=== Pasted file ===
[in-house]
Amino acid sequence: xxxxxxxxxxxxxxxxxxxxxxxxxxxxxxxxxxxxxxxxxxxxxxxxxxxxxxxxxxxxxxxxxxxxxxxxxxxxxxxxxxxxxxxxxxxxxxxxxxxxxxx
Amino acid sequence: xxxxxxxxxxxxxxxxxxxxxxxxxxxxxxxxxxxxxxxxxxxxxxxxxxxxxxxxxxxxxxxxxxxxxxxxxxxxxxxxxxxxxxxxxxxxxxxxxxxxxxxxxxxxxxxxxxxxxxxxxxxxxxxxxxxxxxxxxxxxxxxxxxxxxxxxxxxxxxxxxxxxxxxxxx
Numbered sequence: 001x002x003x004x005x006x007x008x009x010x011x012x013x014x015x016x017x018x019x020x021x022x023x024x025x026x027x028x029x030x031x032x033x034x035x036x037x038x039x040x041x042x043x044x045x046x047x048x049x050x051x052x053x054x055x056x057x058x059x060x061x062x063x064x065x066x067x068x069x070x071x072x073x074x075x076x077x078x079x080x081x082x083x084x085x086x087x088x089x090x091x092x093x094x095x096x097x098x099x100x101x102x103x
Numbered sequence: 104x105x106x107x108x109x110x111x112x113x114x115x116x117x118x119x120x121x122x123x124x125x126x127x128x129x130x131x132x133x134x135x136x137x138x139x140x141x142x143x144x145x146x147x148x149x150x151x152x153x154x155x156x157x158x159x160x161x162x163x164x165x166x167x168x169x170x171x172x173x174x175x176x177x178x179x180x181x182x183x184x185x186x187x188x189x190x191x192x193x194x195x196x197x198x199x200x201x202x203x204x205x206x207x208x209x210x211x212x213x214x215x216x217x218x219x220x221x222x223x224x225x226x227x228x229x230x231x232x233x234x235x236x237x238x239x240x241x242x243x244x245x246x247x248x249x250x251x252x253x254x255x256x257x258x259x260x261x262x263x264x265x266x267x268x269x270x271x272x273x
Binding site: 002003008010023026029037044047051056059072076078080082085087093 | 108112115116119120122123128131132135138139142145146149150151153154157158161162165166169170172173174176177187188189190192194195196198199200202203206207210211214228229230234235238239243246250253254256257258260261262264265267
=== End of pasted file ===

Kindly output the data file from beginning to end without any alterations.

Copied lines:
[in-house]
Amino acid sequence: xxxxxxxxxxxxxxxxxxxxxxxxxxxxxxxxxxxxxxxxxxxxxxxxxxxxxxxxxxxxxxxxxxxxxxxxxxxxxxxxxxxxxxxxxxxxxxxxxxxxxxx
Amino acid sequence: xxxxxxxxxxxxxxxxxxxxxxxxxxxxxxxxxxxxxxxxxxxxxxxxxxxxxxxxxxxxxxxxxxxxxxxxxxxxxxxxxxxxxxxxxxxxxxxxxxxxxxxxxxxxxxxxxxxxxxxxxxxxxxxxxxxxxxxxxxxxxxxxxxxxxxxxxxxxxxxxxxxxxxxxxx
Numbered sequence: 001x002x003x004x005x006x007x008x009x010x011x012x013x014x015x016x017x018x019x020x021x022x023x024x025x026x027x028x029x030x031x032x033x034x035x036x037x038x039x040x041x042x043x044x045x046x047x048x049x050x051x052x053x054x055x056x057x058x059x060x061x062x063x064x065x066x067x068x069x070x071x072x073x074x075x076x077x078x079x080x081x082x083x084x085x086x087x088x089x090x091x092x093x094x095x096x097x098x099x100x101x102x103x
Numbered sequence: 104x105x106x107x108x109x110x111x112x113x114x115x116x117x118x119x120x121x122x123x124x125x126x127x128x129x130x131x132x133x134x135x136x137x138x139x140x141x142x143x144x145x146x147x148x149x150x151x152x153x154x155x156x157x158x159x160x161x162x163x164x165x166x167x168x169x170x171x172x173x174x175x176x177x178x179x180x181x182x183x184x185x186x187x188x189x190x191x192x193x194x195x196x197x198x199x200x201x202x203x204x205x206x207x208x209x210x211x212x213x214x215x216x217x218x219x220x221x222x223x224x225x226x227x228x229x230x231x232x233x234x235x236x237x238x239x240x241x242x243x244x245x246x247x248x249x250x251x252x253x254x255x256x257x258x259x260x261x262x263x264x265x266x267x268x269x270x271x272x273x
Binding site: 002003008010023026029037044047051056059072076078080082085087093 | 108112115116119120122123128131132135138139142145146149150151153154157158161162165166169170172173174176177187188189190192194195196198199200202203206207210211214228229230234235238239243246250253254256257258260261262264265267